Oddly enough, I got the same result by using just \center instead of \centering, which ought to be illegal. Apparently something is creating \center as an alias for \centering somewhere.

### 4. Build a  makefile  with the proper options.

It's easiest to get everything done correctly if you set up a makefile. Here's an example, which assumes your LaTeX source file is named text.tex:

	# makefile for dvips

text.dvi: text.tex
latex text.tex

text.ps: text.dvi
dvips -Ppdf -G0 text.dvi
# the -G0 fixes the ligature problem.

text.pdf: text.ps
ps2pdf text.ps

PDF: text.pdf
xpdf text.pdf


Don't forget that the indented lines in makefiles must be indented with a <TAB> character, not spaces.

Now you can just say  make  on the command line to make the DVI file, or  make text.ps  to create the PostScript version. When everything is working properly, you can say  make text.pdf  to make the PDF version; I've added a second target at the end of the makefile that lets you say just  make PDF  to do the same thing, and let you view the result with  xpdf.

The -Ppdf option to dvips is required to make it include Type 1 (scalable) fonts in the PS file, so that the PDF comes out right.

The only thing tricky here is the -G0 option to dvips. That works around a bug in versions of dvips earlier than 5.90; so it's needed in Debian woody, which has version 5.86e. The typical symptom of the bug is ligatures printing as some incorrect character: the fi ligature, for example, shows up as a £ sign. If -G0 doesn't work for you, try -G1.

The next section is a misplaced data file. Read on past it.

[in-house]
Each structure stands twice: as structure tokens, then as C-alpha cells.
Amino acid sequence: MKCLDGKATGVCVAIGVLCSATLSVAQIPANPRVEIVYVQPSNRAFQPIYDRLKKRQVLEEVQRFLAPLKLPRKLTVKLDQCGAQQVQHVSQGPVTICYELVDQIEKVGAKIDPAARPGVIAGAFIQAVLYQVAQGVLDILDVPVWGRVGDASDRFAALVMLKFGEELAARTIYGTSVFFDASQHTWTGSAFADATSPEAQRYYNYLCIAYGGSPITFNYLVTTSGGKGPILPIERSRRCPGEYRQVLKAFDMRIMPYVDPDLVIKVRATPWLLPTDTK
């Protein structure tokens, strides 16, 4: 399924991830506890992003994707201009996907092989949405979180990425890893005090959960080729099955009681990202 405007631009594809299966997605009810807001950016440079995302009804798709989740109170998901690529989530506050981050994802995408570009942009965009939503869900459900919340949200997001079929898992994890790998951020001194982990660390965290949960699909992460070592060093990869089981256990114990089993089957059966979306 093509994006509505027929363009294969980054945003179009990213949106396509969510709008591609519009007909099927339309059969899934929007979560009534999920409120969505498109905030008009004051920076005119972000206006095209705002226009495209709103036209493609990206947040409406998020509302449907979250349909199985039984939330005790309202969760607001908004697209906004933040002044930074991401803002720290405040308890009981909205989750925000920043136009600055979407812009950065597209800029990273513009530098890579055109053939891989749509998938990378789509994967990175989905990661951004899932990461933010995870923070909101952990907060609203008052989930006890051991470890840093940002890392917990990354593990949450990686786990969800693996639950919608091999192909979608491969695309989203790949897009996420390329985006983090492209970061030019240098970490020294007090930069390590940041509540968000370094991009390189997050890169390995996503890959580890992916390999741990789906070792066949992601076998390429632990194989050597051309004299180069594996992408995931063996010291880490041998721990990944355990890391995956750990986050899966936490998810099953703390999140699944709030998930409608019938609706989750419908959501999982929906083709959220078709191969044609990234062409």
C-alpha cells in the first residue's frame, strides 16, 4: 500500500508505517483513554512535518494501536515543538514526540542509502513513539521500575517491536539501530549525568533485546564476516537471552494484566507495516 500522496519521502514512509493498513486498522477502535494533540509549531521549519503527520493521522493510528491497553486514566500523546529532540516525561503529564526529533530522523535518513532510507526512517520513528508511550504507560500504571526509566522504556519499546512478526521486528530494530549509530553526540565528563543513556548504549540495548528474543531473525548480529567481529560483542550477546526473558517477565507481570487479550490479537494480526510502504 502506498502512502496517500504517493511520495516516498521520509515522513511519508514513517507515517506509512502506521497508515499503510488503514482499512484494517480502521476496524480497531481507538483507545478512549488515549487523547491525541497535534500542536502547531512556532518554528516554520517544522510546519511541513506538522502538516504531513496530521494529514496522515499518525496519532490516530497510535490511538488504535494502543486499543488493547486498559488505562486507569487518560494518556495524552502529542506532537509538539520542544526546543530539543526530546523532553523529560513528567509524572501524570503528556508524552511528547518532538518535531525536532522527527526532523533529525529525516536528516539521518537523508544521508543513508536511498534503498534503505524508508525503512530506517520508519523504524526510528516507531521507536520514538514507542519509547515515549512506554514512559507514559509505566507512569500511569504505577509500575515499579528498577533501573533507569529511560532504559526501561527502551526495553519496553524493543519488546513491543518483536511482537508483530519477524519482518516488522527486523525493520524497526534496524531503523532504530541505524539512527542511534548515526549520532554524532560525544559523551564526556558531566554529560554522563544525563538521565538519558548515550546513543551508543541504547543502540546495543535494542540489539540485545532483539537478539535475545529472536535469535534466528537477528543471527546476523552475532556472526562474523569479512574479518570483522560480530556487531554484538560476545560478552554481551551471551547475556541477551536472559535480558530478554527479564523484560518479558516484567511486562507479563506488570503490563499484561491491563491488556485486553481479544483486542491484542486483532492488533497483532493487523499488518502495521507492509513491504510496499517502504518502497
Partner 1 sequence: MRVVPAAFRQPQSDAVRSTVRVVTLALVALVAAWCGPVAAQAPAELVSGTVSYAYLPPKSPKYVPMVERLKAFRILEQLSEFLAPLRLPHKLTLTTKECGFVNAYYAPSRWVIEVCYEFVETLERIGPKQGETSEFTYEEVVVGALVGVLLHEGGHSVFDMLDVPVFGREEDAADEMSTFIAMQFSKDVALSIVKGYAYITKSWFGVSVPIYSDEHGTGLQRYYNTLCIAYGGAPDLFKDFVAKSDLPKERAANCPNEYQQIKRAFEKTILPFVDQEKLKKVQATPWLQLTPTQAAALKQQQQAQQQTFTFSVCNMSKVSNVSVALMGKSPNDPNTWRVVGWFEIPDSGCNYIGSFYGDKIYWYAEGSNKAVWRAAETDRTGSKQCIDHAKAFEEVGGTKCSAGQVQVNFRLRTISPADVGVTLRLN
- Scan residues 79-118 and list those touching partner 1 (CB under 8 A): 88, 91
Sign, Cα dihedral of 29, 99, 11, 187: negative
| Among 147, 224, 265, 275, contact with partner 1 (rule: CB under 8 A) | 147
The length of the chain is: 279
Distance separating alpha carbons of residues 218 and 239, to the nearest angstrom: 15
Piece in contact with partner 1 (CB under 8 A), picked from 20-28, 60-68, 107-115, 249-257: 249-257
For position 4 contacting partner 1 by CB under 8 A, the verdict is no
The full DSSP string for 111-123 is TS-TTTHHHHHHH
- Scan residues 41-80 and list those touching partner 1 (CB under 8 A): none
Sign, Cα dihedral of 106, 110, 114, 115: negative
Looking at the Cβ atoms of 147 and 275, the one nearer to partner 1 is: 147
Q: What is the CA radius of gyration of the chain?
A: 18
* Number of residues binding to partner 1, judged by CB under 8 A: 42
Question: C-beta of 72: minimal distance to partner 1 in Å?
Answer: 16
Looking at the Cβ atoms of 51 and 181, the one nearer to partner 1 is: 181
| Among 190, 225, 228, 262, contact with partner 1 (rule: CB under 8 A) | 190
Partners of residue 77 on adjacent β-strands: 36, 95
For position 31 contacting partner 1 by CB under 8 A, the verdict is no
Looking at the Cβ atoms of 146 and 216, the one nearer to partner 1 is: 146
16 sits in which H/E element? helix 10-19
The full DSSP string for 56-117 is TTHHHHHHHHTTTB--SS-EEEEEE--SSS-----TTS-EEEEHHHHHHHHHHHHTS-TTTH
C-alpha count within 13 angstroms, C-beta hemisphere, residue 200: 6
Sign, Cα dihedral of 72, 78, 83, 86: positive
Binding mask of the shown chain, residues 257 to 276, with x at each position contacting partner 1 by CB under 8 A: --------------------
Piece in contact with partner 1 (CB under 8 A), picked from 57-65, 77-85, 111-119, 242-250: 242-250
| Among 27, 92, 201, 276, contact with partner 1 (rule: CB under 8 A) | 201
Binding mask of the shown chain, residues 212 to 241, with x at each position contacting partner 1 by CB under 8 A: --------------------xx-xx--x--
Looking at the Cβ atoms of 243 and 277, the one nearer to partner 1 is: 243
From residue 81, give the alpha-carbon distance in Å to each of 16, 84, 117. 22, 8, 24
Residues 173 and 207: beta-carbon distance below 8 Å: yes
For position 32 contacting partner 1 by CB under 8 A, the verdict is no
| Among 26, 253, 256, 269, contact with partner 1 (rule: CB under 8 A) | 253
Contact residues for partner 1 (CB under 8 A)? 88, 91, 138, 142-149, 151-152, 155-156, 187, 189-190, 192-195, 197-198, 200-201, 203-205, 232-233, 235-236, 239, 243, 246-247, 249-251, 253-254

For the manual on dvips, use  texdoc dvips  or  info dvips.

For the manual on ps2pdf, use a browser to display /usr/share/doc/gs/Ps2pdf.htm.

This PDF file is displayed correctly by xpdf at all magnifications. However, acroread 5.0.8 has font problems: at magnifications below 600%, it displays a gray rectangle for some of the smaller math characters — including, oddly enough, the period following the displayed equation. (I suppose it takes this to be a decimal point rather than a text period.) As xpdf displays the PDF correctly, and it prints correctly when sent to a PostScript printer from both xpdf and acroread, the problem is clearly in acroread, not the PDF file itself.

## dvipdfm method (details)

### 1. Convert all the figures to EPS.

See the traditional method for how to do this.

### 2. Tell LaTeX what to expect.

The LaTex file needs almost the same preamble as for the traditional method: